Hunting for tourism dollars
MCTA works with local resident to present pro-hunting discussion at annual conference
September 21, 2007
Craig — J.B. Chapman has hunted on his property for as long as he can remember. He’s been taking other hunters out on his property for 12 years.
In other words, he has a history in hunting.
Gov. Bill Ritter wants to know how important hunting is to Colorado tourism, and Chapman and the Moffat County Tourism Association are planning to tell him.
Chapman will join Shelly Flannery, MCTA executive director, at the Governor’s 2007 Colorado Tourism Conference, held Oct. 10 to 12 in Grand Junction. Ritter will attend to hear from different groups from around the state.
Chapman and Flannery plan to give a presentation to the Colorado Tourism Office about the importance of out-of-state tourism licensing.
“I hope the CTO can see the importance in this to all local communities throughout Colorado,” Chapman said. “This is not just about people coming to Colorado to hunt. These hunters come and then they bring their families back to ski, to fish. It’s about people coming to Colorado to enjoy all the things we have to offer.”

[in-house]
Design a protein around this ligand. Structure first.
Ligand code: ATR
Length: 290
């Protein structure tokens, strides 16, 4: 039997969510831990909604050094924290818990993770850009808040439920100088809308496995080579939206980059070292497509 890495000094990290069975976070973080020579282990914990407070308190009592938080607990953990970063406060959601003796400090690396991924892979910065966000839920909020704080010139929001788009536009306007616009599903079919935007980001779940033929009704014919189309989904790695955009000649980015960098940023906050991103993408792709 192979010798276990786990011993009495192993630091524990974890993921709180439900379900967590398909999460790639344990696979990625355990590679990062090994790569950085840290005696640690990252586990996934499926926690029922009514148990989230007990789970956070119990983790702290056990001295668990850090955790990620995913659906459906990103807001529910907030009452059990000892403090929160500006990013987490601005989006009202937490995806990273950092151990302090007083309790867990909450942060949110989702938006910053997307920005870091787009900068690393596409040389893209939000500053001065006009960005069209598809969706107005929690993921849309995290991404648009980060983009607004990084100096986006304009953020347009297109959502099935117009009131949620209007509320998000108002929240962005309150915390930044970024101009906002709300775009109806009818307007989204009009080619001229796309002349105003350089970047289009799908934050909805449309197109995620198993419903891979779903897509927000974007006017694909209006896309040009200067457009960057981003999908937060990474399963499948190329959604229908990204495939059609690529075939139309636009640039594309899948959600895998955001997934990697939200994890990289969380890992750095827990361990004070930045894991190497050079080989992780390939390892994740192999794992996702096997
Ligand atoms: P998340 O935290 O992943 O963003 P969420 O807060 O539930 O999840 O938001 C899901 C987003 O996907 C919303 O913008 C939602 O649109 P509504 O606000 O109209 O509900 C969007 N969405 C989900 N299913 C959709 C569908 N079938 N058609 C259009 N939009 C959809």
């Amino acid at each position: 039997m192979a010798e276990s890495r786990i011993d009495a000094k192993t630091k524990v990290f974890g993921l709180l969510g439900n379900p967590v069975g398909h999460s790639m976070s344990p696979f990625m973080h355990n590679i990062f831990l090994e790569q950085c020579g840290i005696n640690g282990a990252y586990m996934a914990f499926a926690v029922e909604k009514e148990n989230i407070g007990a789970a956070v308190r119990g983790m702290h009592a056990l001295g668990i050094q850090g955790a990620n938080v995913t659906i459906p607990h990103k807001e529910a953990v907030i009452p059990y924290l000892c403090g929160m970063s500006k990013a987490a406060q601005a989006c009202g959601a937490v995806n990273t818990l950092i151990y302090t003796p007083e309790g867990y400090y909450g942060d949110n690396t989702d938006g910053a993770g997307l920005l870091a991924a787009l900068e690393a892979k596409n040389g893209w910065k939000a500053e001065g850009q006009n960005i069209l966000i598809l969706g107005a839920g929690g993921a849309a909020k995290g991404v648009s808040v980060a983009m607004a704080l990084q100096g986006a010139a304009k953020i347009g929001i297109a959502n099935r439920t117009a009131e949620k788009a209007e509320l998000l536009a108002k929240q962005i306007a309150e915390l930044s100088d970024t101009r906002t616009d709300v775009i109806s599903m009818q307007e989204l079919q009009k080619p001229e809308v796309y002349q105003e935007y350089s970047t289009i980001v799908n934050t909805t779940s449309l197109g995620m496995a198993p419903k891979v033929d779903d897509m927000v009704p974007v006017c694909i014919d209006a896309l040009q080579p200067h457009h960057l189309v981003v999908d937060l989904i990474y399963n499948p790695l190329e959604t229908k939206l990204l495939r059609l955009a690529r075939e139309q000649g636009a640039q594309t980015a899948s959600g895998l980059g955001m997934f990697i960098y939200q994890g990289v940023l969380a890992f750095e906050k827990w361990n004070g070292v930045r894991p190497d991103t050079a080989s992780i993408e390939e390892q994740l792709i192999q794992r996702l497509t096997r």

Recommended Stories For You
Chapman is speaking out against Fair Share Colorado’s campaign to change the hunting license ratio to 90 percent in-state residents and 10 percent out-of-state. Currently, there is a range of a 65 to 35 percent split in some parts of the state in favor of in-state residents. In other parts, it is 80 to 20 percent, also in favor of in-state residents.
Out-of-state hunters subsidize nature activities in Colorado by paying about $500 for a license that costs a Colorado resident about $45, said Randy Hampton, spokesperson for Colorado Division of Wildlife. They also fill the demand for licenses and the need for wildlife population control, Chapman said.
“The wildlife population cannot be managed with only 10 percent of the hunters from out-of-state,” Chapman said. “I don’t think there are enough active hunters in this state to make up the difference.”
Last week, Chapman and Flannery gave a similar presentation to Progressive 15, a coalition of counties in Northeast Colorado much like Northwest Colorado’s Club 20.
“The Progressive 15 was very receptive,” Chapman said. “They’re beginning to have out-of-state hunters come in to harvest their wildlife. They understand natural resources.”
Chapman expects resolutions from Progressive 15, Club 20 and Action 22 in the southeast part of the state.
“They likewise see the importance in not having a ballot initiative to change the license structure,” Chapman said.
Collin Smith can be reached at 824-7031, ext. 209, or firstname.lastname@example.org